to the music itself,
in tribute to the mood
and to the violinist,
music that softens against the walls
and spills out into the hallway
where someone passing
someone with memories—
someone with buried tears—
someone who unlocks another door
and goes inside.
And this is not
a romance in disguise,
this is a moment
against another moment
that only exists
in the imagination of this poem:
the violinist is someone
who died a long time ago
unknown to the poet
but who puts him here
to fill an unhealed sadness
of someone playing a violin
in a rented room.
I grow into the cult of music
with my non-voice, misread the tune
with my deaf ear.
Once I was a singer—a mountain stream—
a spot-light target,
wanted for my fame.
I wore numbers to guide me through the hours
toward the white piano shining in the dark.
The cat purred in the tapestry.
I still sense the nearness of roses
in the shallow arms of vases.
Something still reaches from the mirror—
looks past me to the blankness,
into which it stares, as if remembered.
Afterwards, there is only light,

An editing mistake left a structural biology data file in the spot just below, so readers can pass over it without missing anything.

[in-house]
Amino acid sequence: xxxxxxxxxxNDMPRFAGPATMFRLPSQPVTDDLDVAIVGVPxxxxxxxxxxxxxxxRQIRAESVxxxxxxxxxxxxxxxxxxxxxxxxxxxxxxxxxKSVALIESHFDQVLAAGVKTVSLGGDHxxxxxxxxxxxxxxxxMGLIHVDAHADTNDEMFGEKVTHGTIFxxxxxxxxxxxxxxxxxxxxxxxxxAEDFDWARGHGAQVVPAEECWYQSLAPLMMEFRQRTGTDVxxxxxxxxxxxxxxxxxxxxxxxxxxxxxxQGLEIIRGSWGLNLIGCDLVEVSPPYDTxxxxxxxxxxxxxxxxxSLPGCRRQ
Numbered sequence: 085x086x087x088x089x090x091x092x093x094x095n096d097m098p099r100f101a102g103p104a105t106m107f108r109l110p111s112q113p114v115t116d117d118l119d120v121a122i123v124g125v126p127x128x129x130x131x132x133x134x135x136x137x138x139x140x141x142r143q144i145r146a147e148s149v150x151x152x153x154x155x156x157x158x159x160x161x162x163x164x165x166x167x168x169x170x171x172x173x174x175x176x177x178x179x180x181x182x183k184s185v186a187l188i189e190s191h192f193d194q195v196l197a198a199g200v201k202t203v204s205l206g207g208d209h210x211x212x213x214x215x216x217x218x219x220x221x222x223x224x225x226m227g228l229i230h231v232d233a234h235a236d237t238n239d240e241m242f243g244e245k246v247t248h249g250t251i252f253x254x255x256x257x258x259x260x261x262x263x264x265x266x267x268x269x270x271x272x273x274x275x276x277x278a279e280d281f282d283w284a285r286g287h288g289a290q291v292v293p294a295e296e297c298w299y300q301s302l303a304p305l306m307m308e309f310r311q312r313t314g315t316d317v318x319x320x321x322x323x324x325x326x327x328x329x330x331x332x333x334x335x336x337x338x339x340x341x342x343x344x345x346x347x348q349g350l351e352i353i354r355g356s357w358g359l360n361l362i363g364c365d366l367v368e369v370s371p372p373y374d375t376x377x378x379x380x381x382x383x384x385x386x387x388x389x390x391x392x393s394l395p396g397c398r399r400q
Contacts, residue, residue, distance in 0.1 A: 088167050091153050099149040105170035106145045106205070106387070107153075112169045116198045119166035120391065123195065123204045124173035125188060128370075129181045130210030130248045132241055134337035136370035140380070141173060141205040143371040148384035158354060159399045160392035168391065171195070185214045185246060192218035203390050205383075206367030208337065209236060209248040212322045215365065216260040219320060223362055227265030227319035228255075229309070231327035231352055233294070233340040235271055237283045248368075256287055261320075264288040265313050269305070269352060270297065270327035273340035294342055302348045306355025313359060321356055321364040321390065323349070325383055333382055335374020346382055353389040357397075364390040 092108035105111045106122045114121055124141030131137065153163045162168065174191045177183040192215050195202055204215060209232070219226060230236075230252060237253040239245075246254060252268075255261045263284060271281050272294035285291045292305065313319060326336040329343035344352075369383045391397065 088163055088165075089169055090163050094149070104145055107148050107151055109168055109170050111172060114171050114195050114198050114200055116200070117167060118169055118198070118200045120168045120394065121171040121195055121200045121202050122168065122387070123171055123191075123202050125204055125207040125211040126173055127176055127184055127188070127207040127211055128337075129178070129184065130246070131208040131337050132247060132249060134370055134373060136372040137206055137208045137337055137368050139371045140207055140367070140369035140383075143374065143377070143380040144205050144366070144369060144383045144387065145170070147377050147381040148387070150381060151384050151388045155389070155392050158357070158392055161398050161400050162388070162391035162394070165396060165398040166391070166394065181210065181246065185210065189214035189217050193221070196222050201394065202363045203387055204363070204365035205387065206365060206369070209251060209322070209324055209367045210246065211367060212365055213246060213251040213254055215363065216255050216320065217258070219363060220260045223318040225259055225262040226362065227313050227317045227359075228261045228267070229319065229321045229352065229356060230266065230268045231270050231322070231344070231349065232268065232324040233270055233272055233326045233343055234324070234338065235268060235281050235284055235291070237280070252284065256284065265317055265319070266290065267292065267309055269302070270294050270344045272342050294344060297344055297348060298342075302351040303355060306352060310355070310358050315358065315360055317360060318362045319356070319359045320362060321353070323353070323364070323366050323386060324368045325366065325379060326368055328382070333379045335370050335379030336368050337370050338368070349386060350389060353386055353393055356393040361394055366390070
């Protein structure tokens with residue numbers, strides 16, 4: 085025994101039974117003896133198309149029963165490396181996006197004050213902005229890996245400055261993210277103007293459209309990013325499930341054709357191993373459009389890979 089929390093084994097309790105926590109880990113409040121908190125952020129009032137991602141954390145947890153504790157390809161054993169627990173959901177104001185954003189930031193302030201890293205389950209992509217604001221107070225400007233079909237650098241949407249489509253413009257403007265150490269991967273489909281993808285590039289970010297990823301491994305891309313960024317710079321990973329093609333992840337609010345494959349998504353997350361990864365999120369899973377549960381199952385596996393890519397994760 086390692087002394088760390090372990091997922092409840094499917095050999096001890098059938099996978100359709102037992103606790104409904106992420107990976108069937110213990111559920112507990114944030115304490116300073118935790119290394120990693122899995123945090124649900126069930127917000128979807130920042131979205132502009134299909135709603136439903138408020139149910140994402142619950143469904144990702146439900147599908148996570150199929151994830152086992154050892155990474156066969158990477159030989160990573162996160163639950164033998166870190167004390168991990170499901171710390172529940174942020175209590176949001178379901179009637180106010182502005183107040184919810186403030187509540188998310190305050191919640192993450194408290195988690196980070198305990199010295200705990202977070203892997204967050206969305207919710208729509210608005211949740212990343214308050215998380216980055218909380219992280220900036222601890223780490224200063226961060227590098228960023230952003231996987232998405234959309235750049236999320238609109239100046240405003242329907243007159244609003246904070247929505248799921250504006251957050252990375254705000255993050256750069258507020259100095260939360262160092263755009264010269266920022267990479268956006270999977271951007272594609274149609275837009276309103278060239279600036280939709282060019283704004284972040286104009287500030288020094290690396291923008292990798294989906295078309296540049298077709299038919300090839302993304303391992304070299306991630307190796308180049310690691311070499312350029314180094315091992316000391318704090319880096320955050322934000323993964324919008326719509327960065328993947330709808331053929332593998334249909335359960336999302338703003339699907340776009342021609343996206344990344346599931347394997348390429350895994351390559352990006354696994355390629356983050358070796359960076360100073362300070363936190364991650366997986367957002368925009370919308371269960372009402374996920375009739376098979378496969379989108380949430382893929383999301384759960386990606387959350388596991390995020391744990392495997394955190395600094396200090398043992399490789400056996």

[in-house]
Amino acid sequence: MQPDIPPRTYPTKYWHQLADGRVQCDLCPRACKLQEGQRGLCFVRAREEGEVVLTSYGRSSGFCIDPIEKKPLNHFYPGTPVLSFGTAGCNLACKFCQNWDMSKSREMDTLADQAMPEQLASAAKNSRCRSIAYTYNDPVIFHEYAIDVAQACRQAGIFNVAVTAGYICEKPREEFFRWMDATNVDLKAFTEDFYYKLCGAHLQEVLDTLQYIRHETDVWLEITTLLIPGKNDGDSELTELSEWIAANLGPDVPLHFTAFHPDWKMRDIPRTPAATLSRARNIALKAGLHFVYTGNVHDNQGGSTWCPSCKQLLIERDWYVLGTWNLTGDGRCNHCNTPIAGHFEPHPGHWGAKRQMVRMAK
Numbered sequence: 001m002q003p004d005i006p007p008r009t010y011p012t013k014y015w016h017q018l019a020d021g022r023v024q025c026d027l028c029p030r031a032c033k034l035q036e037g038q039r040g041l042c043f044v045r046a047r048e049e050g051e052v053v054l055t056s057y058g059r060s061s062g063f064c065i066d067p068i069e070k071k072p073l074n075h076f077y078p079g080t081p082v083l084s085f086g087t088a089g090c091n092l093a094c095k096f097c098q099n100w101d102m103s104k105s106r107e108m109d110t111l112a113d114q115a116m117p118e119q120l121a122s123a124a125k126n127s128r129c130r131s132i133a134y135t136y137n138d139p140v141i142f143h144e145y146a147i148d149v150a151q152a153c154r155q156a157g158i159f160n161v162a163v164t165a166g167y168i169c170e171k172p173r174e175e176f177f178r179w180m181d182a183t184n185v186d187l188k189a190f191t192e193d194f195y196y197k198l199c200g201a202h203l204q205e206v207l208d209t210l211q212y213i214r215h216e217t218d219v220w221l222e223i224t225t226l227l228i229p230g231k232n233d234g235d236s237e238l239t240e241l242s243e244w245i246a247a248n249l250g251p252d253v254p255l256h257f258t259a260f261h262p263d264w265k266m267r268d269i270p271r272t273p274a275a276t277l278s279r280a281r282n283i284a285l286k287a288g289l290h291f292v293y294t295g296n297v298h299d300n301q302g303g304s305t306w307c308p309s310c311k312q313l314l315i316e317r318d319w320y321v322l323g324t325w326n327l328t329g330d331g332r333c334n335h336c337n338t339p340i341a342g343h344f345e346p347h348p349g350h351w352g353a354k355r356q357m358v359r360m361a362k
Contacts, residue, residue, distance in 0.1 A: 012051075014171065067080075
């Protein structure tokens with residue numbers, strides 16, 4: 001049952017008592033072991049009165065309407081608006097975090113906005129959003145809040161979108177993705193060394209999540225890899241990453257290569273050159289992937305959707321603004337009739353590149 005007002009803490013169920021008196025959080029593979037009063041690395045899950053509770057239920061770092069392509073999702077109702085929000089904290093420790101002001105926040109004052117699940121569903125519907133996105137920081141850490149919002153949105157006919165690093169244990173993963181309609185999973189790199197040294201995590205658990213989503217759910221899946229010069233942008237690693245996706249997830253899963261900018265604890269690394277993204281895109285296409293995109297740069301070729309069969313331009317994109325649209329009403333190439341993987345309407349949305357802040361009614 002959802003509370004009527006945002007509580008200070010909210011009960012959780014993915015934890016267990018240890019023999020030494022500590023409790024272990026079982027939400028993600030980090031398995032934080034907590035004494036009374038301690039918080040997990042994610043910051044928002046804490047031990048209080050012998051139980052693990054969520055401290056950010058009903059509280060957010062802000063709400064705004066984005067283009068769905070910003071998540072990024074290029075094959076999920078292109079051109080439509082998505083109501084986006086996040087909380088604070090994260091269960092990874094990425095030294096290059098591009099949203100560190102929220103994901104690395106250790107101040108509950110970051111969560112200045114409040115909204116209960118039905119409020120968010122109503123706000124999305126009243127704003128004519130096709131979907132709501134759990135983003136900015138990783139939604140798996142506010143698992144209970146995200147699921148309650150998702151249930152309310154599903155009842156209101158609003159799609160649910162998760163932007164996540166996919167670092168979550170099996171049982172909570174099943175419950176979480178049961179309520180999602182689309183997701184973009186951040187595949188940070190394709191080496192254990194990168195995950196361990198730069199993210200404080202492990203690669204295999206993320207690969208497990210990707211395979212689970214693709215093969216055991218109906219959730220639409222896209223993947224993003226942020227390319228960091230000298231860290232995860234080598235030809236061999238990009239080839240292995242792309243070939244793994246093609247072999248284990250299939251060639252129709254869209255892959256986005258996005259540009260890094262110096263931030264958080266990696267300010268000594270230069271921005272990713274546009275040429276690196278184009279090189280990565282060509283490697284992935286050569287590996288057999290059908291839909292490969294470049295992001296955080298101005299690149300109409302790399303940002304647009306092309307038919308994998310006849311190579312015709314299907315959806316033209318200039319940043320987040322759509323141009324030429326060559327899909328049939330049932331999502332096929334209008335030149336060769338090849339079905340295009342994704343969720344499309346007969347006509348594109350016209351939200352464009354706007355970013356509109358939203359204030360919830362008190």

pocked with winter,
cold light examining damp walls and faded rugs.
Or is it only the escape of windows
where some singer remains—
an old echo, fading in and out, losing hope at last.
we have become heavy in the universe
silence is a tonnage
we are in it
we wade the slow water of dreams
we are exhausted
first it was winter then it was spring
now it is summer
we have progressed no seasons
we are a dragging of words
we are heavy of repetitions
we are a foreign language
such eyes! such eyes!
that burn out of our faces
going into the other
coming back unseeing
I am cruel in my sadness
I become destructive
this morning I entered the new day
it was the same as the others
there is a lot of dying in the world
I am afraid to write letters to it
today I will pick up my guitar
and create a new song
my fingers will bleed
now I am forming a circle around
and you get up
to put another door on the house
After Madonna of the Lilies by Alphonse Mucha
Lilies from the background
attach to the walls and fade.
The walls turn into sky
and it rains.
The lilies run together
and become impressions.
Every autumn a child comes by
to pick the lilies off the wall.
A Madonna overlooks all this
and protects the child—
unaware child who sits
deeming into the positive future.
The Madonna presses deep into the wall
among the lilies which make room for her.
The daydreaming child never moves
from this moment, full of such memory.
AROUND ME THE LIGHT EXPANDS
Around me the light expands,
a rainbow of dream—
a nebula of creation—
my own thought.
The walls hold it in—
let it splay and recreate
into spreading pattern:
blue upon gray, roseate yellow,
softening like a bruise;
and now the travel of dark,